Friday, July 30, 2010

Fierce Devotion

This is Part 7 of of the (re)Vision talk on leadership principles from the Life of Mary.

Fast forward to end of Jesus’ earthly life. Jesus was betrayed, falsely accused, beaten, stripped, and hung on a cross. In John 19:25 we read about the most gruesome scene a person could imagine, and yet we find, “standing near the cross was Jesus’ mother…”.

When so many of the men in Jesus’ life fled in fear, the women stood strong. These were the original steel magnolias. Jesus was hanging between heaven and earth, and Mary’s courage was once again expressed through her fierce devotion to her son. The scene before her was public, horrifying, and confusing. Had she misunderstood the angelic promise? Did she endure a lifetime of whispered judgments and pointed fingers for nothing? What had gone wrong? All hope was lost. But Mary stood at the cross devoted to Christ.

Women have the capacity for fierce devotion, and in this we reflect the image and glory of Christ. But sometimes our devotion becomes a source of frustration. We often feel like we pour ourselves out to others-- friends, children, husbands, etc-- and hope that somewhere and somehow someone will fill our emotional tanks in return. When that doesn't happen, we attempt to drain something out of others that only God can give.

It was at the cross that Mary found her reward for her devotion. Jesus told his disciple John to take care of his mother. As Jesus hung on the cross, in excruciating pain, in a moment where he could have cared about nothing except his own situation, he looked down in concern for his mother.

Women of influence fiercely devote themselves to their Savior, and in doing so, they find that he meets every need.

Thursday, July 29, 2010

Creative Encouragement

This is Part 6 of of the (re)Vision talk on leadership principles from the Life of Mary.

The fifth characteristic of Mary’s that we see in Scripture is creative encouragement. Real influence is not nagging or begging or hounding or complaining. We said earlier that influence is not controlling. It comes through creative encouragement. . John 2:1-12 records Jesus’ first miracle:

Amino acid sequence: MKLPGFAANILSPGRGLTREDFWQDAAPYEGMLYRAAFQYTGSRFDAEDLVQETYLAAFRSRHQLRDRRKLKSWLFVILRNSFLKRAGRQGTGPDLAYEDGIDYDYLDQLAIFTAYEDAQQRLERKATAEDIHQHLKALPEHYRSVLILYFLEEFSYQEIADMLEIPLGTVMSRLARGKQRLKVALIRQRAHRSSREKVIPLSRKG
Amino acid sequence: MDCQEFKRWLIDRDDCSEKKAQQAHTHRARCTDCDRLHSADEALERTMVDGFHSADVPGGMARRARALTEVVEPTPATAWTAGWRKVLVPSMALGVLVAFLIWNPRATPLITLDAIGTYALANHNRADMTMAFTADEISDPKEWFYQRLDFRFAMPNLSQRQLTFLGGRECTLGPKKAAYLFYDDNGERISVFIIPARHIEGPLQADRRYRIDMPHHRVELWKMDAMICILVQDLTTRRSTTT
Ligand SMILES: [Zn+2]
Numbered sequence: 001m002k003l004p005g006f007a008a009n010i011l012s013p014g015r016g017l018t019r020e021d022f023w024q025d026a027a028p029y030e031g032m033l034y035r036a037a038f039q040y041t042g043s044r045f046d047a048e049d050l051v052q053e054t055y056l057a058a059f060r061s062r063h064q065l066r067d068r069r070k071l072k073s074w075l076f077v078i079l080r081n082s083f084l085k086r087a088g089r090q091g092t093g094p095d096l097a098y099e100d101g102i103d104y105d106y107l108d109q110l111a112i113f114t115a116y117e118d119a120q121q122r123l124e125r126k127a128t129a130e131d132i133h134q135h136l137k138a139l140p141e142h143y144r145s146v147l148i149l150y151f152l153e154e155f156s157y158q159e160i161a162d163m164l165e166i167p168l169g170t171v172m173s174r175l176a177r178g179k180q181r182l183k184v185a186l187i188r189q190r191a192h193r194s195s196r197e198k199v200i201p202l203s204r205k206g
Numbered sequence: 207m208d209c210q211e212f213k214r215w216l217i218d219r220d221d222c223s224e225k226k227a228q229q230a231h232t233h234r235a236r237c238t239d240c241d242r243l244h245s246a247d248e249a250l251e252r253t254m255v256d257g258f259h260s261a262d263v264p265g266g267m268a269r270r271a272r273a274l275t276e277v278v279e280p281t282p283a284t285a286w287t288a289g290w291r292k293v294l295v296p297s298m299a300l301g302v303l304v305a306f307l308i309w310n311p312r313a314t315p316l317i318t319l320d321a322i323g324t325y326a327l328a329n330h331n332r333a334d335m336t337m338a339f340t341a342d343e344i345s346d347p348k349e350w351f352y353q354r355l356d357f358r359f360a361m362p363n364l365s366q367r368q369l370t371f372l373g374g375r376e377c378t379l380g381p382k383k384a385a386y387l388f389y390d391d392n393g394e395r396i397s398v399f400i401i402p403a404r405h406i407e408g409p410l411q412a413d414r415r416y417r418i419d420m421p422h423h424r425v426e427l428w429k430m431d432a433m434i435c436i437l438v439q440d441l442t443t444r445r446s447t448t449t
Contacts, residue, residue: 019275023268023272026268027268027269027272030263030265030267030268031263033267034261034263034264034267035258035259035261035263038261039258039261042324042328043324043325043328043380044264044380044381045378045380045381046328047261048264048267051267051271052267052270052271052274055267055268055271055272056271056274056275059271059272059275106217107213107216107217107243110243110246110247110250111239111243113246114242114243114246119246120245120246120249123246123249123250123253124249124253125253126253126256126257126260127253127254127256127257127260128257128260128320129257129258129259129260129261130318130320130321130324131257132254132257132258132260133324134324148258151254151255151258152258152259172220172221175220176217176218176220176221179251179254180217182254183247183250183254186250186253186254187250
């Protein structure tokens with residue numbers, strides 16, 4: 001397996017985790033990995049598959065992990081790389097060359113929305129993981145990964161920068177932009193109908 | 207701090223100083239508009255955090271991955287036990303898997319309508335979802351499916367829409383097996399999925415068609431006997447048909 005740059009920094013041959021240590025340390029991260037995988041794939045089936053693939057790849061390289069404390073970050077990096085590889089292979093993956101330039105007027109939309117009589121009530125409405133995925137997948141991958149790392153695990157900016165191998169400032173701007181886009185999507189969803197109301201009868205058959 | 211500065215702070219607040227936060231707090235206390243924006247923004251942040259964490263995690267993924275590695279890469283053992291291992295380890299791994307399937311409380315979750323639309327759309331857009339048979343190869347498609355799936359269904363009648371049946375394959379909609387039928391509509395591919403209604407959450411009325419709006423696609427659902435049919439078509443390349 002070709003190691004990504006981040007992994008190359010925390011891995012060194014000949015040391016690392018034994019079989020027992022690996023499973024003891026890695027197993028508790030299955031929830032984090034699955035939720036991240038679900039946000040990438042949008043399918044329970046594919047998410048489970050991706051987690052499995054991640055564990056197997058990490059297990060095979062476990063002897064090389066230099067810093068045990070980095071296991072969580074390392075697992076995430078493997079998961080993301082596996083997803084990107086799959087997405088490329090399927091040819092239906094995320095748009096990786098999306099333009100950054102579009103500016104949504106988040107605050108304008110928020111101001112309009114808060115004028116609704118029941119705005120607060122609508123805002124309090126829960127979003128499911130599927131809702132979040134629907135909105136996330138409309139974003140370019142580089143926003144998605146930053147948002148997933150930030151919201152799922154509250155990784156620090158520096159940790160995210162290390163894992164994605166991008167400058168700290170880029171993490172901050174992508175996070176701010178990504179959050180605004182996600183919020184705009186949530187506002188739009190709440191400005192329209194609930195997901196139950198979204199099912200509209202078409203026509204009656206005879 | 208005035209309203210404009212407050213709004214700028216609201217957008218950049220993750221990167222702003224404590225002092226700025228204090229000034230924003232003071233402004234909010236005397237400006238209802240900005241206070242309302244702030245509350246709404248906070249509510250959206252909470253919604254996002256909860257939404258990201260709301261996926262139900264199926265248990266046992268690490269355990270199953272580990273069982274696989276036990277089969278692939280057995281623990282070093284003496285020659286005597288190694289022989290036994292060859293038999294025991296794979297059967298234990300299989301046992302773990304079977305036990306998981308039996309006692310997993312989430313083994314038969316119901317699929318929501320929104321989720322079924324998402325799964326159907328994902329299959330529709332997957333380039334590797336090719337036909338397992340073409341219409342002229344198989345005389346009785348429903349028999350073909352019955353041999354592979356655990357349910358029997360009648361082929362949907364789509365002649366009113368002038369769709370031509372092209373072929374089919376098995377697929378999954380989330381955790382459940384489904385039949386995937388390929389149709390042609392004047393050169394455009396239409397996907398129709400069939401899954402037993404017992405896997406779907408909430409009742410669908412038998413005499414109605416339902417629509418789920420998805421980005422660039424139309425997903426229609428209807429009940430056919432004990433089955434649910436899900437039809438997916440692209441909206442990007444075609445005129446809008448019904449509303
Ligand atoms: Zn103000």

John 2:1-11
The next day Jesus' mother was a guest at a wedding celebration in the village of Cana in Galilee. Jesus and his disciples were also invited to the celebration. The wine supply ran out during the festivities, so Jesus' mother spoke to him about the problem. "They have no more wine," she told him. "How does that concern you and me?" Jesus asked. "My time has not yet come." But his mother told the servants, "Do whatever he tells you." Six stone waterpots were standing there; they were used for Jewish ceremonial purposes and held twenty to thirty gallons each. Jesus told the servants, "Fill the jars with water." When the jars had been filled to the brim, he said, "Dip some out and take it to the master of ceremonies." So they followed his instructions. When the master of ceremonies tasted the water that was now wine, not knowing where it had come from (though, of course, the servants knew), he called the bridegroom over. "Usually a host serves the best wine first," he said. "Then, when everyone is full and doesn't care, he brings out the less expensive wines. But you have kept the best until now!" This miraculous sign at Cana in Galilee was Jesus' first display of his glory. And his disciples believed in him.

This is so cool. This was Jesus’ first miracle, and it was his mother that set him up. Weddings were important social functions in Jewish life and running out of wine would have been a tremendous embarrassment to the hosts. Mary was the person who brought the problem to Jesus’ attention. Jesus kinda brushed her off, “How does that concern you and me?...My time is not yet come...”

She didn’t give up. Just knew her place, her role, and did what only she could do. Left the rest up to him.

She confidently told the servants, “Do whatever he tells you.”

Mary must have sensed that it was Jesus’ time, and she knew how to set him up for that. She knew what to say, when to say it, and how to say it. She didn’t push. She just encouraged Jesus, ensured resources were available, and left the rest up to her Son.

Sometimes the best way to lead is to follow. To sit on the sidelines and just encourage.

As women, it might be easier for us to see problems or potential in people and to know when certain steps should be taken or when certain things should happen. And we get impatient. Those are not the moments to jump out in front of people. We should use our intuition to encourage and give life—not to crush and take control.

I’m going to be blunt and address something that goes on in our culture and especially in the church. Women—we get frustrated when we perceive that men are not stepping up to the plate—whether in leadership in the church or in asking you out on a date or whatever. If we perceive men aren’t stepping up to the plate in some way, then I want to encourage us to follow Mary’s example. Encourage the gifts we see in men. Do whatever we can to ensure that opportunities are available. And then shut up, step back, get out of the way, and let them step up to the plate as God leads them.